|Richard Henry Lee||Visualize||(20 January 1733 – 19 June 1794) Revolutionary, member of the Continental Congress, and U.S. senator. Member of the Lee family, a historically influential family in Virginia politics. Richard Henry Lee is best known for the Lee Resolution, the motion in the Second Continental Congress that called for the colonies' independence from Great Britain. He also served as President of the Congress of the Confederation and was a U.S. Senator.||Virginia Delegation (This negotiation)|
|James Madison||Visualize||(5 March 1751 – 28 June 1836) Planter, slaveholder, essayist, legislator, and President of the USA. Born the son of a leading planter, he secured election into the Virginia Convention, which produced the independent state, its new constitution, and the Virginia Declaration of Rights. He then joined the state legislature and the Confederation Congress. A principal proponent of the Constitutional Convention, he was also the author of the Virginia Plan, a faithful Convention attendee, a dedicated notetaker, and one of the Convention's most active speakers. He also authored several of the ‘Federalist Papers’ in defence of the new Constitution. He was a Representative for Virginia in the new U.S. Congress and a leading figure in the creation of the Bill of Rights. He was later U.S. Secretary of State and then President.||Virginia Delegation (This negotiation) , Virginia Delegation (United States Constitutional Convention 1787 (2016 Edition))|
|Andrew Moore||Visualize||(1752 – 24 May 1821) Lawyer, U.S. Representative, and Senator. Moore served as a lieutenant during the Revolutionary War and was afterwards elected to the Virginia House of Delegates. He was also a delegate to the state convention on the ratification of the U.S. Constitution, which he supported. He later served on the first four United States Congresses. Two years after leaving Congress, Moore returned to the Virginia House of Delegates to oppose the Alien and Sedition Acts passed by the Fifth Congress. He was later elected to the Eighth Congress, but served only a short time before taking up a vacancy in the Senate.||Virginia Delegation (This negotiation)|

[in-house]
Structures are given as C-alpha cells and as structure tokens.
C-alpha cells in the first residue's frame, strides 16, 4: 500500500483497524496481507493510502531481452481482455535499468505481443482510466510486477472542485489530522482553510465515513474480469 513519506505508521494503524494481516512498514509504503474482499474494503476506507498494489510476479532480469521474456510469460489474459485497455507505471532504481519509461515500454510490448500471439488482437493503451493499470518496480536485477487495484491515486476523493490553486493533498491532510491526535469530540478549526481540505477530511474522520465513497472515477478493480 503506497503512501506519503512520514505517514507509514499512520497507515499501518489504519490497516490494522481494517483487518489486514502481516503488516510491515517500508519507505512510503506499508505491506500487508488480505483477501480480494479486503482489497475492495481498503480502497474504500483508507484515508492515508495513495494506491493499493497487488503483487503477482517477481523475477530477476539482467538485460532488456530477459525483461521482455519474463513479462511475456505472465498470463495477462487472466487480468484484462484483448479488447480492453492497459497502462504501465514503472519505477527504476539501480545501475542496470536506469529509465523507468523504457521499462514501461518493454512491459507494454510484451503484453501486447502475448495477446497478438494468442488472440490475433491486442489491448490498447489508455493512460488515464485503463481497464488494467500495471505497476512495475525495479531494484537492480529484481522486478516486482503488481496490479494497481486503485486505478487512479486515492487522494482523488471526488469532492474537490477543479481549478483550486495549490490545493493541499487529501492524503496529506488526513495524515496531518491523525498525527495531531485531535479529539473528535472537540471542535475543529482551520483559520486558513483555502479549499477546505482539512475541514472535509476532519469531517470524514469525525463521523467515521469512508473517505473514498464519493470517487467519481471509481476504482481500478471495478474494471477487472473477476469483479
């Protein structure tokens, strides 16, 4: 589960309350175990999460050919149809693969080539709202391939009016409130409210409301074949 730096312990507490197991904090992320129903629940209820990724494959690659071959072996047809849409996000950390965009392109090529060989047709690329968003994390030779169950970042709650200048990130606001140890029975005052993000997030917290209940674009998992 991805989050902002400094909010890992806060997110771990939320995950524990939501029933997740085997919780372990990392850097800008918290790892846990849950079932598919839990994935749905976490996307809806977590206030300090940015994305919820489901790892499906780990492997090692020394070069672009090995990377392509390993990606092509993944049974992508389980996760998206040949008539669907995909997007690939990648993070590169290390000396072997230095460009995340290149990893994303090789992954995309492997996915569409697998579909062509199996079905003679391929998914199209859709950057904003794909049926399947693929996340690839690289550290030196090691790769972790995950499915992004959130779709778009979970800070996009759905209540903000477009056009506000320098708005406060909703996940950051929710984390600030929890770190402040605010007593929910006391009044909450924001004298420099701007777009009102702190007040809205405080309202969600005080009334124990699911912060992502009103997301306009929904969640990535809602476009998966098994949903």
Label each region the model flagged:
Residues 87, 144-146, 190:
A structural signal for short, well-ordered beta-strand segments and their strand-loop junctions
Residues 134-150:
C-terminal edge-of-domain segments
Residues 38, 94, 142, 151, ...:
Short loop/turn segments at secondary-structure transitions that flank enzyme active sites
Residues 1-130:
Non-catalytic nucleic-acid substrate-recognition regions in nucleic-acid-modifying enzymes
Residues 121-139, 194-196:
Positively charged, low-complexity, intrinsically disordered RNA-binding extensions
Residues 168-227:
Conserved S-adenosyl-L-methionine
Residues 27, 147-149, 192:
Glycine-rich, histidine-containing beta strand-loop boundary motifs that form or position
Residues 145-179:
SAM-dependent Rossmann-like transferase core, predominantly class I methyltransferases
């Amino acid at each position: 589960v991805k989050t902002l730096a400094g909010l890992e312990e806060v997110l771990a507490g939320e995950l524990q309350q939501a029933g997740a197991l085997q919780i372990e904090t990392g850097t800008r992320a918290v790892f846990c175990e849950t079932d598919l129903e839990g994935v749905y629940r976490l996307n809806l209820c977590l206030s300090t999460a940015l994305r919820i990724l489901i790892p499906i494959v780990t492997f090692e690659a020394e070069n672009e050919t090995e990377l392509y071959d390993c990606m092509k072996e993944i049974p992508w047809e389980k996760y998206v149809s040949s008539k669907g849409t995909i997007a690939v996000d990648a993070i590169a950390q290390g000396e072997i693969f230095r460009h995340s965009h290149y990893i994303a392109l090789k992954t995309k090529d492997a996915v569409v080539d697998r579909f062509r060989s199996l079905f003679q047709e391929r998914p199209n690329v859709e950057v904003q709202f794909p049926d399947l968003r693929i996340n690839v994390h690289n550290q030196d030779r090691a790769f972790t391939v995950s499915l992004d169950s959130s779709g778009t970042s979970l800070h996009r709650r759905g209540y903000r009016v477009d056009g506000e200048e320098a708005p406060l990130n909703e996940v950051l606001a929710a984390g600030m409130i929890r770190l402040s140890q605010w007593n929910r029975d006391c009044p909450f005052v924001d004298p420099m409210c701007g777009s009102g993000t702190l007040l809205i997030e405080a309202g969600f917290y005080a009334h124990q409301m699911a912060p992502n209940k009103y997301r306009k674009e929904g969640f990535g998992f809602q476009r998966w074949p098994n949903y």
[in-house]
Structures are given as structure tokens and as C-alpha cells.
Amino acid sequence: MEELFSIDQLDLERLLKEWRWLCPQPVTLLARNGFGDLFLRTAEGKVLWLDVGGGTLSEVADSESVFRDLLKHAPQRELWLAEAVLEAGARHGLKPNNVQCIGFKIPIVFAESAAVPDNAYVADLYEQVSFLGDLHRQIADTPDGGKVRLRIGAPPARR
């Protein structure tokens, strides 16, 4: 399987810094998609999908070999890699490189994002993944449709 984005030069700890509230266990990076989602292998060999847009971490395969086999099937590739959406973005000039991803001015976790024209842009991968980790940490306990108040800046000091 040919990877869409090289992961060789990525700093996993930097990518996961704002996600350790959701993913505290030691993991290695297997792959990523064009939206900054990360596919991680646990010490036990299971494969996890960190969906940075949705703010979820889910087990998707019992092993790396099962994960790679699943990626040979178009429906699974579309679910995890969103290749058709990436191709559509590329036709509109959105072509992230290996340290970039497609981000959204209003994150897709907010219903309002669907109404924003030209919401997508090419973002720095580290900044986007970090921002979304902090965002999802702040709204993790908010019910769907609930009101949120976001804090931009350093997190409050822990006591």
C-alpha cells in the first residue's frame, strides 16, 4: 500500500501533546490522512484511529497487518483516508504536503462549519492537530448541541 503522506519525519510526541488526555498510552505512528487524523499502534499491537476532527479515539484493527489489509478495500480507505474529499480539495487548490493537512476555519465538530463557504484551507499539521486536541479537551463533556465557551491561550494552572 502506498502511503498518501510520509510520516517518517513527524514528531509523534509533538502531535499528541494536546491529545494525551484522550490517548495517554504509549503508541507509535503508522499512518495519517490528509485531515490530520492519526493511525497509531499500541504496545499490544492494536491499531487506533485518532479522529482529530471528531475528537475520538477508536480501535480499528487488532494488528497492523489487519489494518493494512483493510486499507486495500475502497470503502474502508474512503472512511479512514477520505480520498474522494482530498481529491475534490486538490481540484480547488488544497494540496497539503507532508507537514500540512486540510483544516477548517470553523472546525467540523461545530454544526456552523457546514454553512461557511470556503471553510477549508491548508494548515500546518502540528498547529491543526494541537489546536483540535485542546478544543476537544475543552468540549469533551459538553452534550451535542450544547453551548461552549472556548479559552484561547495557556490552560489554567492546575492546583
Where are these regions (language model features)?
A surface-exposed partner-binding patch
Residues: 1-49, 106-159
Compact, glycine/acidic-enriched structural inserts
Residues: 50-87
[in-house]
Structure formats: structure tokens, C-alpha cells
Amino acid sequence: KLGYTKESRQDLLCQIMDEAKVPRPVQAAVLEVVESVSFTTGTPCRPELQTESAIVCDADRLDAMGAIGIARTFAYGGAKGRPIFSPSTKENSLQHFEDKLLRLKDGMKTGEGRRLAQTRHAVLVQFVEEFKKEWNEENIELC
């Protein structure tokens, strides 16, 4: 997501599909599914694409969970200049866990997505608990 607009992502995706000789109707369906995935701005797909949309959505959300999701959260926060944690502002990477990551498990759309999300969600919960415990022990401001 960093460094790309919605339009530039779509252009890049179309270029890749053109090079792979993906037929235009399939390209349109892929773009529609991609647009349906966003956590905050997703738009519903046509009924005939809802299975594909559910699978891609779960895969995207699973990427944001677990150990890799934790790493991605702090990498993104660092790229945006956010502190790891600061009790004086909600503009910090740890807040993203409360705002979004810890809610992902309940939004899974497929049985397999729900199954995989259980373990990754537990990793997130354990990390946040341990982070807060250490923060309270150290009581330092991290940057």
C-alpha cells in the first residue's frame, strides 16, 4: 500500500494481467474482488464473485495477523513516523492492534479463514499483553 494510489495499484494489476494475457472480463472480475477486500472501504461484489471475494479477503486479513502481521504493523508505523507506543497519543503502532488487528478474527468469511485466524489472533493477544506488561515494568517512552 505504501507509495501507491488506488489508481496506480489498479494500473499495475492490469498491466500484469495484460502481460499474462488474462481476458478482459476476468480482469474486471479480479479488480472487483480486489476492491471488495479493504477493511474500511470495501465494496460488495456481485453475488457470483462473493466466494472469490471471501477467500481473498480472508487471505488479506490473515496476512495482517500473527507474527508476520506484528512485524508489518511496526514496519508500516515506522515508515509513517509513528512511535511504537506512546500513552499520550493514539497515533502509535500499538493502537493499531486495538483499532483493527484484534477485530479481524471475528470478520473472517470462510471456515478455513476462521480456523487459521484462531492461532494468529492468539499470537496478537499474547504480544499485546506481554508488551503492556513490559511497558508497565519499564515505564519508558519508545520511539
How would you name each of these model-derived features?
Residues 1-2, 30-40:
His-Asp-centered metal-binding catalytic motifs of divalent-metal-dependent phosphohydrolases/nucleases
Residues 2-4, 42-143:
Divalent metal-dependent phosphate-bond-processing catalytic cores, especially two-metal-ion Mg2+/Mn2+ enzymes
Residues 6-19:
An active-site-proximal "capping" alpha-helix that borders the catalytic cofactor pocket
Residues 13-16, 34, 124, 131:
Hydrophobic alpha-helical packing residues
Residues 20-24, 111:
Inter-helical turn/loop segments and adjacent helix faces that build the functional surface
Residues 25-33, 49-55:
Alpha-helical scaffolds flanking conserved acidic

|John Page||Visualize||(17 April 1743 – 11 October 1808) Member of the U.S. House, planter, and revolutionary leader. After serving as vice president of the Committee of Safety and as a militia leader during the Revolutionary War, Page was elected to the First Congress of the United States and, later, to the governorship pf Virginia.||Virginia Delegation (This negotiation)|
|Josiah Parker||Visualize||(11 May 1751 – 11 March 1810) Member of the U.S. House of Representatives and farmer. During the Revolutionary War, Parker served as a member of the Continental Army, where he reached the rank of colonel of the Virginia Regiment. After resigning from the army in July 1778, he became a member of the Virginia House of Delegates. Reluctant to relinquish Virginia's power by ratifying the Constitution, Parker ran for delegate of the Virginia Convention in 1788. He later served on the First through the Sixth United States Congresses. He was the first national legislator in American history to formally introduce an antislavery motion in Congress.||Virginia Delegation (This negotiation)|
|Alexander White||Visualize||(1738 – 19 September 1804) Lawyer, landowner, and member of U.S. House of Representatives. White was a member of the Williamsburg House of Burgesses for Hampshire County. As a Scottish Presbyterian, given the colonial government's support of the Church of England, he was a staunch advocate for the separation of church and state. He is said to be the first person to introduce legislation regarding freedom of religion. White was also a member of the state convention to ratify the U.S. Constitution, and it is believed that he published several essays in support of ratification under the pseudonym 'An Independent Freeholder.' Later, he served in the House of Representatives for the first two Congresses. His slaves were released after his death.||Virginia Delegation (This negotiation)|